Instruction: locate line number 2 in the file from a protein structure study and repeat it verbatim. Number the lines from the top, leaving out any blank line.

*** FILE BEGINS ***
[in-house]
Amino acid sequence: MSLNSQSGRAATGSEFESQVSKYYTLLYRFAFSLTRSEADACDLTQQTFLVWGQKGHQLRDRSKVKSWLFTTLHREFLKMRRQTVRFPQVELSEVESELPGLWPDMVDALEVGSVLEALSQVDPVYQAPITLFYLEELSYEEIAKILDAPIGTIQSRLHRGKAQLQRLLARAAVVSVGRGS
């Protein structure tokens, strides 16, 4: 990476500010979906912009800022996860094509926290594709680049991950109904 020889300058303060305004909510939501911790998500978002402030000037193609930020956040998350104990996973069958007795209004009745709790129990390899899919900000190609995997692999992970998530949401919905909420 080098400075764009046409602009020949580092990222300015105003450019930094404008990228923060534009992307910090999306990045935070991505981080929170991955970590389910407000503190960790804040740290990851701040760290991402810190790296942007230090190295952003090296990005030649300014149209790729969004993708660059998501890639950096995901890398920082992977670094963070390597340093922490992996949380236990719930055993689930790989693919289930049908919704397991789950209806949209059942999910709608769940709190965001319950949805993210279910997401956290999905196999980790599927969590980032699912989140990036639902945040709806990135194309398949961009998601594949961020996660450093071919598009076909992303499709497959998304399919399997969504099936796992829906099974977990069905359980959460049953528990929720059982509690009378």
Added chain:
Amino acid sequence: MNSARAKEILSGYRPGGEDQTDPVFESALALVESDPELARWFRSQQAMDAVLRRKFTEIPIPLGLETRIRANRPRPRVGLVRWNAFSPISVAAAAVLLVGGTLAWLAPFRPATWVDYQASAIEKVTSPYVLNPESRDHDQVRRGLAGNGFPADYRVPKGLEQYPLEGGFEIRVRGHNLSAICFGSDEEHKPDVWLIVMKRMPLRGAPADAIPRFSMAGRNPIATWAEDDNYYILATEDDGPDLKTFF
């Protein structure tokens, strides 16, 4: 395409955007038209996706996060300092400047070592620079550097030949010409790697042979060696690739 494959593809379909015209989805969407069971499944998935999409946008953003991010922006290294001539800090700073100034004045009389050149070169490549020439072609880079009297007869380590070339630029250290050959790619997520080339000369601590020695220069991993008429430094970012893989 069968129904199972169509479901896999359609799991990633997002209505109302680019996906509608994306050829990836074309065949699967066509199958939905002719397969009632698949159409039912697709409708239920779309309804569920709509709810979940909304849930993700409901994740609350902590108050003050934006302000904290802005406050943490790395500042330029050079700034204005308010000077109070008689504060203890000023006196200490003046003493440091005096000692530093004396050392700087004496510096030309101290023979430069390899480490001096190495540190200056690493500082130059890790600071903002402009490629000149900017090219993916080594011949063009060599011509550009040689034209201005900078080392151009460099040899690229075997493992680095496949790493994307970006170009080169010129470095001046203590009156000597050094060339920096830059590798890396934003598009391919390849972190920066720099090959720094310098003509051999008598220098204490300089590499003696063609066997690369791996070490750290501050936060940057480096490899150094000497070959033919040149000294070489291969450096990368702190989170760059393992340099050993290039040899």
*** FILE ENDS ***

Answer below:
Amino acid sequence: MSLNSQSGRAATGSEFESQVSKYYTLLYRFAFSLTRSEADACDLTQQTFLVWGQKGHQLRDRSKVKSWLFTTLHREFLKMRRQTVRFPQVELSEVESELPGLWPDMVDALEVGSVLEALSQVDPVYQAPITLFYLEELSYEEIAKILDAPIGTIQSRLHRGKAQLQRLLARAAVVSVGRGS